So I decided to buy it. I learned later that several other people had come back to buy it after I did so I felt lucky I chose to make the trip there when I did. (I found two similar sinks the following week but each had a center basin flanked by drainboards). I took it back to site and set it on a folding table in it's eventual place. There is about a 7" gap on the left side between it and the bathroom wall that presents a new design opportunity for some kind of pantry and/or dish storage with shelves/hooks/etc. On the right side, I will build or find a small cabinet with a drawer and shelves for cookware.
But before that, I needed to figure out if the faucet would be usable. (I found the patent number, looked it up and found it was from 1945!) Whoever removed it, cut the copper supply pipes off so short that I was told by most people would render it useless. If I could not use it, I learned that a replacement would be difficult, if not impossible to find due to it's unique quality of the supply coming in through a central hole in the backsplash wall. For some reason, a second hole was cut in the backsplash behind one of the faucet "wings" and no one has had a good explanation of that. I could not find any new faucets with this single hole design, most wall-mounted faucets are now designed with two separate holes 6-8" apart. If I used a new faucet, it would mean that I would have to drill another hole into the porcelain/cast iron backsplash. I did not feel comfortable doing that so I kept asking around at the reuse stores.
Finally, I went to Hippo Hardware which specializes in antique hardware. I figured if anyone could help, it would be them. I talked to a guy in the plumbing section who looked at the faucet, took it apart to check out the condition of the components. He said it was in pretty good condition and could probably work with some new gaskets if I could find someone to braise on new supply pipes. I thought about who I might know and trust to accomplish that task and then asked Kevin on site who had welded my loft joists. He looked at it and told me that if I could get the body separated from the rest, he would try to make it happen.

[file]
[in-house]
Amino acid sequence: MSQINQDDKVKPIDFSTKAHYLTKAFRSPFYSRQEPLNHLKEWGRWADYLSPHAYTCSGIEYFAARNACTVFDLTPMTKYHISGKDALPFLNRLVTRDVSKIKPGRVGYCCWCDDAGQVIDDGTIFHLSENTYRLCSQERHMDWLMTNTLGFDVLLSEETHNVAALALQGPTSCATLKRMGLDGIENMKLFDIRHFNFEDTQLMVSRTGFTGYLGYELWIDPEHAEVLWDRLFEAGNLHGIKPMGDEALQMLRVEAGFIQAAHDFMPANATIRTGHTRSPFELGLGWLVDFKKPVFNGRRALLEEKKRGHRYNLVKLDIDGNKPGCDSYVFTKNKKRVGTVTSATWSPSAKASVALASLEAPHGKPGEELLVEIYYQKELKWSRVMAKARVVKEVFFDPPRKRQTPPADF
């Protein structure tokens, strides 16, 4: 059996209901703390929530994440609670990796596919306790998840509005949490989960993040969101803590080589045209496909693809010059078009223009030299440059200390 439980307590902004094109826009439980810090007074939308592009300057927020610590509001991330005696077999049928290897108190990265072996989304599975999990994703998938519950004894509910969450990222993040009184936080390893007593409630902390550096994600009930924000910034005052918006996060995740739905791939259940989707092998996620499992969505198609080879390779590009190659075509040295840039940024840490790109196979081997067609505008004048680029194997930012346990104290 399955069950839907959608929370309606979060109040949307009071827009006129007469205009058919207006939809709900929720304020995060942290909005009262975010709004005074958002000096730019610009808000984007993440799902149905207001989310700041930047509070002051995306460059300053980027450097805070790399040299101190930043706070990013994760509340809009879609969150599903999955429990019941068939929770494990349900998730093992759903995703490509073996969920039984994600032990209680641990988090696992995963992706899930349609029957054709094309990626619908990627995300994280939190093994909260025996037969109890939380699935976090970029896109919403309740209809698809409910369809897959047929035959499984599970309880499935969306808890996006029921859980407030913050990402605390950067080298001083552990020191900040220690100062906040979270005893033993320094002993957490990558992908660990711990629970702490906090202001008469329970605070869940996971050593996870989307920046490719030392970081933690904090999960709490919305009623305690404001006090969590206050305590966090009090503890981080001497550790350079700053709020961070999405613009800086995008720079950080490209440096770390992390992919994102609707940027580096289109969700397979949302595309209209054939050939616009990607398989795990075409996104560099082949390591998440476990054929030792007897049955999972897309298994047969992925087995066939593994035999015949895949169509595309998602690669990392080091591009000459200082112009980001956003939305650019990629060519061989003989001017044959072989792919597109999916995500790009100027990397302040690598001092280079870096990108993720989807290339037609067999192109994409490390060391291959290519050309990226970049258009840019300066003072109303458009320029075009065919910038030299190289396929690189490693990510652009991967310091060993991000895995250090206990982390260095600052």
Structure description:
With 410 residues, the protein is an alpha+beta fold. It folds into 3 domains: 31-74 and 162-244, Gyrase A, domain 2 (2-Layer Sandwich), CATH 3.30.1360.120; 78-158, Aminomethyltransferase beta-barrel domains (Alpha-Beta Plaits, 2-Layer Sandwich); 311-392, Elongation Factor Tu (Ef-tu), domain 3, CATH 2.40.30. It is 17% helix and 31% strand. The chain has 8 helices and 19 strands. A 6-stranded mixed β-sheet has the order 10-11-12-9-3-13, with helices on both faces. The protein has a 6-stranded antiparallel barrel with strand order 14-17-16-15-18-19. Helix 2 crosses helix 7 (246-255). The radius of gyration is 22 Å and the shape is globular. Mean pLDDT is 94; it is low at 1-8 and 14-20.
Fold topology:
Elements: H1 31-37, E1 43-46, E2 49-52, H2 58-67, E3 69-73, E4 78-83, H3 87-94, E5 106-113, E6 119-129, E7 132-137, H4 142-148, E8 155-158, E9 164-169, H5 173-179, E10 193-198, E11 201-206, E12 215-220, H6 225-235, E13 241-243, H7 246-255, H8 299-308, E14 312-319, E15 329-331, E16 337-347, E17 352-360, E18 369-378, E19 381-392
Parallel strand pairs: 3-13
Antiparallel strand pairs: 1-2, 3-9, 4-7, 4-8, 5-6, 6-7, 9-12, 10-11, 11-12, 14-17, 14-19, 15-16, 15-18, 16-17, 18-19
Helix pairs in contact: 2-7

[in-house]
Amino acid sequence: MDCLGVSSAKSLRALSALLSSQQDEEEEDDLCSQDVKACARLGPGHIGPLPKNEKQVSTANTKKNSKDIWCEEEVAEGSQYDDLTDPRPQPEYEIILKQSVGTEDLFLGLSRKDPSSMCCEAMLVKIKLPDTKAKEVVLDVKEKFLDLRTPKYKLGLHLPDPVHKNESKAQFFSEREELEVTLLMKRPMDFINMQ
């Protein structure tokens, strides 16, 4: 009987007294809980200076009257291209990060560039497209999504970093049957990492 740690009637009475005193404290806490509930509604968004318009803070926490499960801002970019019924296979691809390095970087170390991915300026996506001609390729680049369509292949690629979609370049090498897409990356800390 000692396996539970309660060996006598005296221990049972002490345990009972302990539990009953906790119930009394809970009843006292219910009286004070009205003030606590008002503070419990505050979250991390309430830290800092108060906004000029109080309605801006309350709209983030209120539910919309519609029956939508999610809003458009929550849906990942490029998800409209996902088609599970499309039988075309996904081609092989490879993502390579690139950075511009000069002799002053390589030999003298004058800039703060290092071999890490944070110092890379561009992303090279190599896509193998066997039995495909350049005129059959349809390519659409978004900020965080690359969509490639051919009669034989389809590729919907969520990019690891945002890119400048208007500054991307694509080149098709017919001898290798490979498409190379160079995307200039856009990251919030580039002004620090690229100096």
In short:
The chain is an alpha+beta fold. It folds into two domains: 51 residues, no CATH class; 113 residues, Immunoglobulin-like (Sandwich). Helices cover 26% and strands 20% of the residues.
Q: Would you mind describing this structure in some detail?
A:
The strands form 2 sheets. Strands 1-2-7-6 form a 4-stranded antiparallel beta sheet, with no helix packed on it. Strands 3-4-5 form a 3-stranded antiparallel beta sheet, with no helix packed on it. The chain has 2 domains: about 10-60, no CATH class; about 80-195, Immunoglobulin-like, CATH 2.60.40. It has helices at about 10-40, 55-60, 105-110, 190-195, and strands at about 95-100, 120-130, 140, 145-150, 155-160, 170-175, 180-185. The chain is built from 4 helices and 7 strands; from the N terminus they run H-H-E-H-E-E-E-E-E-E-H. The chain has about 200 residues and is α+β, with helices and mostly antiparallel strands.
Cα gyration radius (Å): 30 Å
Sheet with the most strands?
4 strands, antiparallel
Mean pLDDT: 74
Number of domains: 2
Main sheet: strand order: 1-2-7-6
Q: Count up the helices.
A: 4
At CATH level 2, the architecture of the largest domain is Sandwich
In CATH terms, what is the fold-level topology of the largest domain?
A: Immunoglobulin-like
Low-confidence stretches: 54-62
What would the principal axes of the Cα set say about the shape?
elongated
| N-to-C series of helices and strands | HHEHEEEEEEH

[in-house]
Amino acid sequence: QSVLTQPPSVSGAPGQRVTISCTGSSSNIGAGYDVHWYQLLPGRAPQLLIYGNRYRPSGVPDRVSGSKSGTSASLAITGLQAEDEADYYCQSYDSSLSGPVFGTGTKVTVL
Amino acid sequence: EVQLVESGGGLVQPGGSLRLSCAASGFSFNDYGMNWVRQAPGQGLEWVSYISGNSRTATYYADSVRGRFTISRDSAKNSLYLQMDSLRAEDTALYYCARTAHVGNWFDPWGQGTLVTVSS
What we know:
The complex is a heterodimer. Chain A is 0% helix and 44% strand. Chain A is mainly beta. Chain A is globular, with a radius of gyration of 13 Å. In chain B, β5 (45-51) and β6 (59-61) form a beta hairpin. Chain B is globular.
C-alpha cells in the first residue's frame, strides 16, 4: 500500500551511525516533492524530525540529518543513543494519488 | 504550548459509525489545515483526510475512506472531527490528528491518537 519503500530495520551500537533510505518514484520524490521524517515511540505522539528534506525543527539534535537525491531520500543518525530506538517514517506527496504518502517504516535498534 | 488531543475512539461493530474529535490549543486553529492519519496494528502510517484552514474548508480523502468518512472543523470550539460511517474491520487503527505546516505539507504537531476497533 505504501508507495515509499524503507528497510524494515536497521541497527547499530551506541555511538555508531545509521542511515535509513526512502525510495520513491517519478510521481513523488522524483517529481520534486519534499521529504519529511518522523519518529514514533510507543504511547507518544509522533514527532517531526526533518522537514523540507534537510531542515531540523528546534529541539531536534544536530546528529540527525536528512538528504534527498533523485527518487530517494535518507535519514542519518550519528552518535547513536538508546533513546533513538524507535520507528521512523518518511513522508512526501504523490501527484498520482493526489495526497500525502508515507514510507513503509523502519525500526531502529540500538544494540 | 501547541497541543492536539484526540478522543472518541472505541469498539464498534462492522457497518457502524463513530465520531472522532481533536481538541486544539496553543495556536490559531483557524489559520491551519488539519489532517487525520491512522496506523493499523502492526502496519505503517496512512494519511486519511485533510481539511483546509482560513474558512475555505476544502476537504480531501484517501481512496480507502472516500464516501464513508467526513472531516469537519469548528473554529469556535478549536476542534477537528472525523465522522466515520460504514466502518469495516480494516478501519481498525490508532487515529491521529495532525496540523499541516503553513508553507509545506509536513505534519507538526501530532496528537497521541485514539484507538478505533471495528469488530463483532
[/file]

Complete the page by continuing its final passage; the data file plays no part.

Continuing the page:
I had other house projects that were more pressing so I set it aside for the time being. Kevin came by an hour later and said, "Let me see that faucet." I gave it to him and went back to work. A few hours later, I needed to leave and let Kevin know. He went to get the faucet and handed it over to me pipes braised and internal components replaced! I haven't tried it yet since my plumbing isn't in but my fingers are crossed that it will work.
Next, I worked with Rory to design and build some steel sink brackets to cantilever it similar to the loft ladder. I had originally thought I would need a steel cube wireframe structure but Rory reminded me of the strength of steel. Apparently some old cast iron sinks were hung from special brackets but I figured the chances of me finding ones that would match my sink were slim. So he made two really beefy brackets out of 3/8" x 1 1/2" steel. They started out as L's and he thought about adding a small triangle gusset to each but I thought a diagonal support would be better. He thought that piece as an arch would look better so I told him to go for it.